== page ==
I’ve met some of the voice actors of some of my favorite anime characters of all time, and it is an awesome experience like no other.
It’s certainly an autograph I admire more than the autographs I have from on-screen actors, and even the authors of some of my favorite book series!
Anime has put a big impact on the world, especially here in North America. There are people here who spent hundreds, upon hundreds of dollars to craft their costumes. It’s a form of art that people call “cosplay,” and it’s catching on like wildfire among children, teenagers, and adults.
It’s grown into its culture based entirely on another culture, and it is wonderful. I’ve been a couple of conventions myself and have photographed cosplayers. The time, and effort they put into their costumes for those few days every convention is unreal, and beyond beautiful.
It’s a way they can embody a fictional character from an anime that they admire. It’s become a competition for some and an object for creativity for others. You can see all of the time women making female versions of male characters for their cosplay, or the other way around.
People don’t allow gender, body type, or race to stop them from embodying the resemblance of their character!
Anime has given a gift that anyone could enjoy, and that is anime conventions. They are a place where nerds with a common interest gather together to
socialize, party, shop, and meet celebrities. One of the best weekends of my life was at an anime convention that was held at a large downtown hotel.
I got myself a hotel room, bought a bunch of artwork, watched cool panels, participated in events, and then I danced the night away just to go to bed at three in the morning.
If you ever want to find something unique about the anime you love, or find a new anime to get into, the little booths set up in the dealer room every convention has. Artists sell their anime themed art, and different crafts that you can’t find anywhere else, and in some cases you can find something incredible.
The dealer room is great because earning money for your work as an artist can be incredibly tough. The dealer room helps to support artists who share your interests from the local area giving the money, and appreciation they deserve for their work.
It’s not entirely artists though there are a lot of local comic book stores, or businesses that tour around the United States from convention to convention that bring their best stuff there. Either way, if there is any anime-related buried treasure, then an anime convention is exactly where you’re going to find it.
For a nerd, the best place to socialize, and meet new friends is at your local anime convention. Not only are their incredibly fun events, concerts, and panels to enjoy, but people who share your interests there as well.
Panels are where people gather around as an audience to a table of celebrities who talk about and answer questions about a show, or other stuff they are in. If you’ve never been to one yourself you can go to YouTube to look at celebrity panels, and find some golden moments.
Just about anything related to a panel of celebrities you enjoy will leave you either interested or laughing. The concerts are even better because just about everyone in the audience is in cosplay. If you haven’t seen someone crowd-surfing on top of a group of storm troopers, then you haven’t lived. By the end you’ll have at least a few new friends, and a weekend to remember.
Many Dragon Ball Z fans out there are enjoying the recently released sequel series known as Dragon Ball Super (or as I like to call Super Dragon Ball since I think that sounds better, plus I’m pretty sure that’s what the literal translation would look like, but don’t quote me on that.)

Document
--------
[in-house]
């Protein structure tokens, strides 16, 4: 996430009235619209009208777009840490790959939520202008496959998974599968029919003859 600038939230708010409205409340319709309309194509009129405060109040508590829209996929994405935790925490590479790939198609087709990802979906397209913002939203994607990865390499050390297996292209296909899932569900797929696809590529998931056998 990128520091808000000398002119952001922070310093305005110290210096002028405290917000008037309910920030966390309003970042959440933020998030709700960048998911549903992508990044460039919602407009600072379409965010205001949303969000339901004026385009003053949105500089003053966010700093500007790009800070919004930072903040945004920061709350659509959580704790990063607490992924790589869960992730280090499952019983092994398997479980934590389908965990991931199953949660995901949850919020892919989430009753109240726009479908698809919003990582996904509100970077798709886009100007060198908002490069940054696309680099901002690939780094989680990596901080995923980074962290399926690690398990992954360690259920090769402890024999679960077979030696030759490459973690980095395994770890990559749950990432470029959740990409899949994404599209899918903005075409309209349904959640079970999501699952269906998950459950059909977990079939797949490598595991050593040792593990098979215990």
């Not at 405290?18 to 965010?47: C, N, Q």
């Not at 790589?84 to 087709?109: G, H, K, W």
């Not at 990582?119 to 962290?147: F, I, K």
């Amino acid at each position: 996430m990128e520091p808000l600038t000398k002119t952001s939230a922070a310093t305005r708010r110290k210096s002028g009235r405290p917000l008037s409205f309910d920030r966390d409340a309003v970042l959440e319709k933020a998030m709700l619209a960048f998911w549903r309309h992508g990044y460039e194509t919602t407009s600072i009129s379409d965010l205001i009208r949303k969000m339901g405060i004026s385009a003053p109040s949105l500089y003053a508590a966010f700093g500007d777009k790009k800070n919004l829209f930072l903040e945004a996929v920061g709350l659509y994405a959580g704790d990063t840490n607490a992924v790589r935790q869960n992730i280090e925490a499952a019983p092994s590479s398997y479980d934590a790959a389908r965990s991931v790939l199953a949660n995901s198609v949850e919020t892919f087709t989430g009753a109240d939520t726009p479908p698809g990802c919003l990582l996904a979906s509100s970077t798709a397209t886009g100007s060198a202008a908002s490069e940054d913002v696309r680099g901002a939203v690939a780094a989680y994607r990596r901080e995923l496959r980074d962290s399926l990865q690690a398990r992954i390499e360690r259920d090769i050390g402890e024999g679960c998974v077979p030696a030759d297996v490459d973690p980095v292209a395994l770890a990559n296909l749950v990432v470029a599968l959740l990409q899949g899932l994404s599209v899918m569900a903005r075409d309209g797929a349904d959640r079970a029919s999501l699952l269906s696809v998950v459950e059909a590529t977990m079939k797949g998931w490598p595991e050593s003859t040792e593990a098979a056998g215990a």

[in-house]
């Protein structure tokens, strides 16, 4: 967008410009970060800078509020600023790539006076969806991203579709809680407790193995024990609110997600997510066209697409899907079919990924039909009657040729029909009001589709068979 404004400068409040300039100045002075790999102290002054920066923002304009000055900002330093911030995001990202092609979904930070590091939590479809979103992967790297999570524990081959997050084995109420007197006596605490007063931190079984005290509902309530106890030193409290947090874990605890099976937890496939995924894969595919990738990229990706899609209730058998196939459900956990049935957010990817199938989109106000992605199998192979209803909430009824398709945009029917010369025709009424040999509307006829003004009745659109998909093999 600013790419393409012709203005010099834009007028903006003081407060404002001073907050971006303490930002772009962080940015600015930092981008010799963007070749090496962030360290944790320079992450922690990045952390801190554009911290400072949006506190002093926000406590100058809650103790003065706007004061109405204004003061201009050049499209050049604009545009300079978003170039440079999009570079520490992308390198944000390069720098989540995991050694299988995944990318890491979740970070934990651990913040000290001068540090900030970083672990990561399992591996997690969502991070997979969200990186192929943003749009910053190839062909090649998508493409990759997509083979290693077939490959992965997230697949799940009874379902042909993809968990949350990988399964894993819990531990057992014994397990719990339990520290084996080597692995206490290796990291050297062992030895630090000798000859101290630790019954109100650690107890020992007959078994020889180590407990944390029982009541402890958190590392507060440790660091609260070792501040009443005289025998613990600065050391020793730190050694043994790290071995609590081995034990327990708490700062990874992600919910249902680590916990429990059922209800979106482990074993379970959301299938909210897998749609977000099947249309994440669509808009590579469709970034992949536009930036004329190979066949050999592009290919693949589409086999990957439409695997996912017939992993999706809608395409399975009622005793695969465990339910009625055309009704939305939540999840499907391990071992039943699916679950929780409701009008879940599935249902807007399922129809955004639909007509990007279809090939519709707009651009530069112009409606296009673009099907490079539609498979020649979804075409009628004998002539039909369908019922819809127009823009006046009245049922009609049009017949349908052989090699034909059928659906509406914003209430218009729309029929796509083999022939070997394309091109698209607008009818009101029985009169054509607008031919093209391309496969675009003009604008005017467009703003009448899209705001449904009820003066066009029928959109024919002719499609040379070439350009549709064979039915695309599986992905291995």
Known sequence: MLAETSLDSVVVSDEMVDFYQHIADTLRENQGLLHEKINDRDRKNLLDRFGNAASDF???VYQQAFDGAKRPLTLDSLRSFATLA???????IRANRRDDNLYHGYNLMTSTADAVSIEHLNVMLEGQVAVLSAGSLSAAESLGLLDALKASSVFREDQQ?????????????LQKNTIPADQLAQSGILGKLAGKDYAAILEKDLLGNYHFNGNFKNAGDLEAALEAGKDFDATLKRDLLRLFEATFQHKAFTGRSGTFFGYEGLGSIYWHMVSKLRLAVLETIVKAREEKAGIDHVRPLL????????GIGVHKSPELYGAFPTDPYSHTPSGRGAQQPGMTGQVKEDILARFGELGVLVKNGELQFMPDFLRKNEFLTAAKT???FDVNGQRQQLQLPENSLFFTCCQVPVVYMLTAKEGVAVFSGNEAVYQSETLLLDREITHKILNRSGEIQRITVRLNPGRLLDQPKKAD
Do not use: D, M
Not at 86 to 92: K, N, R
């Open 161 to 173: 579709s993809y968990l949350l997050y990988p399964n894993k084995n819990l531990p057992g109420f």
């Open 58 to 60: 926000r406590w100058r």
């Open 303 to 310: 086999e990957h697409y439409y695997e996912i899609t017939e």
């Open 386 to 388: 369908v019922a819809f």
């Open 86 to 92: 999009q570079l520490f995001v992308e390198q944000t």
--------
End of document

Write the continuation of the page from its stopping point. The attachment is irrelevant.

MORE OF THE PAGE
However, many long-time fans have expressed malice towards the quality of the artwork and animation used throughout the series. It is pretty easy to tell that quality has dropped significantly during the first two sagas (God of Destruction and Resurrection of Frieza), and it’s most apparent in the latter.
I am here today to talk about some of the reasons why I believe they have decided to drop their quality, as well as my future aspirations regarding their animation and design process. First off, my main concern is their target audience.
Are they trying to build an audience from the new and current generation, or are they aiming this series at their long-time, matured fans?
One would assume the latter because of their lack of attention to details. Now the question arises: Do they just not care about their quality since they own such a strong and profitable franchise? My answer to that would be yes, but not in the way you would think.
It is obvious that Akira Toriyama, manga artist and creator of the Dragon Ball series, knows that he owns an extremely fruitful and successful line of manga, anime, and game series, and I believe he is taking advantage of that at the moment.
Both of these first two sagas have already been released as movies and are out on DVD and Blu-ray. Funimation and Toei Animation (the companies responsible for producing Dragon Ball episodes) have probably used this opportunity to hire new employees to work on the real series
while they focus on other matters.
I believe they saw this as a means to train interns and give them on-the-job experience while they rest of the company works on future storylines. This way they can make sure that their new, original episodes are well-made and thought out. I think I can manage to bide my time until we get through these arcs and onto the new ones.
If I am correct in this, I support these actions because I know just how hard it is to get experience in the animation, game design, and media industry.
Just about every job requires experience, and the only way you can get experience is by working for free as an intern at a low-rate, indie company that won’t shine very brightly on your resume. Kudos to Akira for granting upcoming animators this amazing opportunity!
There is one other theory stating that the broadcasting quality is purposely low to fight back against piracy, which is ever so popular in the anime genre.
My only response to this theory is, “Why?”
Why would this multimillion dollar franchise have any need to fight against piracy?
Either way, this theory defends Funimation and Toei Animation by suggesting that the DVD and Blu-Ray set releases will be improved and remastered for better quality, but I’ve never heard of a TV show doing this. I guess we will wait and see.